Death of M. Jérôme Coignard
Two days passed in cruel alternations. After that my good master became extremely weak.
“There is no more hope,” M. Coquebert told me. “Look how his head lies on the pillow, how thin his nose is.”
As a fact, my good master’s nose, formerly big and red, was nothing now but a bent blade, livid like lead.
“Tournebroche, my son,” he said to me in a voice still full and strong but of a sound quite strange to me, “I feel that I have but a short time to live. Go and fetch that good priest, that he may listen to my confession.”
The vicar was in his vineyard. There I went.
“The vintage is finished,” he said, “and more abundant than I had hoped for; now let’s go and help that poor fellow.”
I conducted him to my master’s bedside and we left him alone with the dying.
An hour later he came out again and said:
“I can assure you that M. Jérôme Coignard dies in admirable sentiments of piety and humility. At his request, and in consideration of his fervour, I’ll give him the viaticum. During the time necessary for putting on my holy garments, you, Madame Coquebert, will do me the favour to send to the vestry the boy who serves me at mass every morning and make the room ready for the reception of God.”
Madame Coquebert swept the room, put a white coverlet on the bed, placed a little table at the bedside, and covered it with a cloth; she put two candlesticks on the table and lit the candles, and an earthenware bowl wherein a sprig of box swam in the holy water.
Soon we heard the tinkling of the little bell, saw the cross coming in, carried by a child, and the priest clad in white carrying the holy vessels. Jahel, M. d’Anquetil, Madame Coquebert and I fell on our knees.
“Pax huic domui,” said the priest.
“Et omnibus habiantibus in en,” replied the servitor.
Then the vicar took holy water and sprayed it over the patient and the bed.
A moment longer he meditated and then he said with much solemnity:
“My son, have you no declaration to make?”
“Yes, sir,” said M. Abbe Coignard, with a firm voice, “I forgive my murderer.”
Then the priest gave him the holy wafer:
“Ecce Agnus Dei, qui tollit peccata mundi.”
My good master replied with a sigh:
“May I speak to my Lord, I who am naught but dust and ashes? How can I dare to come unto you, I who do not feel any good in me to give me courage? How can I introduce you into me, after having so often wounded your eyes full of kindness?”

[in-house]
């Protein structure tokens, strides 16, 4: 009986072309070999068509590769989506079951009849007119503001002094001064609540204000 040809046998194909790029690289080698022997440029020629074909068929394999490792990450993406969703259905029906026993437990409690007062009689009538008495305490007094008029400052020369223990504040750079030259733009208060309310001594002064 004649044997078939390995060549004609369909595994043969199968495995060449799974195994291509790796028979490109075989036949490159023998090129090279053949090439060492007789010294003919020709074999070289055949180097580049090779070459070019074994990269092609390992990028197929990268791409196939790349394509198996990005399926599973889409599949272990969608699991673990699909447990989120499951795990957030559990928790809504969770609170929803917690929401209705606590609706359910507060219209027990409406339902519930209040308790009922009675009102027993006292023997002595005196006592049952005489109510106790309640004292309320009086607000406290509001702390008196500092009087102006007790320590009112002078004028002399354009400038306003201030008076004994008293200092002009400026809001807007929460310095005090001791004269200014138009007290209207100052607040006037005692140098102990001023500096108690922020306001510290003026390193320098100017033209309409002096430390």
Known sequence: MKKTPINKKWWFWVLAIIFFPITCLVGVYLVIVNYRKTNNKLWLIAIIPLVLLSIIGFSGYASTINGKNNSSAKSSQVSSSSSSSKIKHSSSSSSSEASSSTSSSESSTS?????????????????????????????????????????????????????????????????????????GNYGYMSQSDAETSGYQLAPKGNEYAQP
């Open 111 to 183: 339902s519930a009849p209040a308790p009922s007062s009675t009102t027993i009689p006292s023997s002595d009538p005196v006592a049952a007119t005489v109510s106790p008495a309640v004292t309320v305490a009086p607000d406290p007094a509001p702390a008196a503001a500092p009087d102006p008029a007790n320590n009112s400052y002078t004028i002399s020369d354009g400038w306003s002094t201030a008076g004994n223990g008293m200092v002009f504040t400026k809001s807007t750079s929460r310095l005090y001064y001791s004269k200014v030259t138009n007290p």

And the Abbe Coignard received the holy viaticum in profound silence, interrupted by our sobs and by the great noise Madame Coquebert made blowing her nose.
After having received, my good master made me a sign to come near him, and said with a feeble but distinct voice:
“Jacques Tournebroche, my son, reject, along with the example I gave you, the maxims which I may have proposed to you during my period of lifelong folly. Be in fear of women and of books for the softness and pride accords the little ones a clearer intelligence than the wise one takes in them. Be humble of heart and spirit. God can give them. ’Tis He who gives all science. My boy, do not listen to those who, like me, subtilise on the good and the evil. Do not be taken in by the beauty and acuteness of their discourses, for the kingdom of God does not consist of words but of virtue.”
He remained quiet, exhausted. I took his hand, lying on the sheet, and covered it with kisses and tears. I told him that he was our master, our friend, our father, and that I could not live without him.
And for long hours I remained waiting at the foot of his bed.
He passed so peaceful a night that I conceived a quite desperate hope. In this state he remained part of the following day. But towards the evening he became agitated and pronounced words so indistinctly that they remained a secret between God and himself.
At midnight he fell into a kind of swoon, and nothing could be heard but the slight scratching of his finger nails on the sheet. He no longer knew me.
About two o’clock the death rattle began. The hoarse and rapid breathing which came from his breast was loud enough to be heard far away in the village street, and my ears were so full of it that I fancied I heard it long after that unhappy day. At daybreak he made a sign with his hand which we could not understand, and sighed long and deeply. It was his last. His features took in death a majesty worthy of the genius that had animated him, and the loss of which will never be repaired.
Last updated Monday, December 22, 2014 at 10:50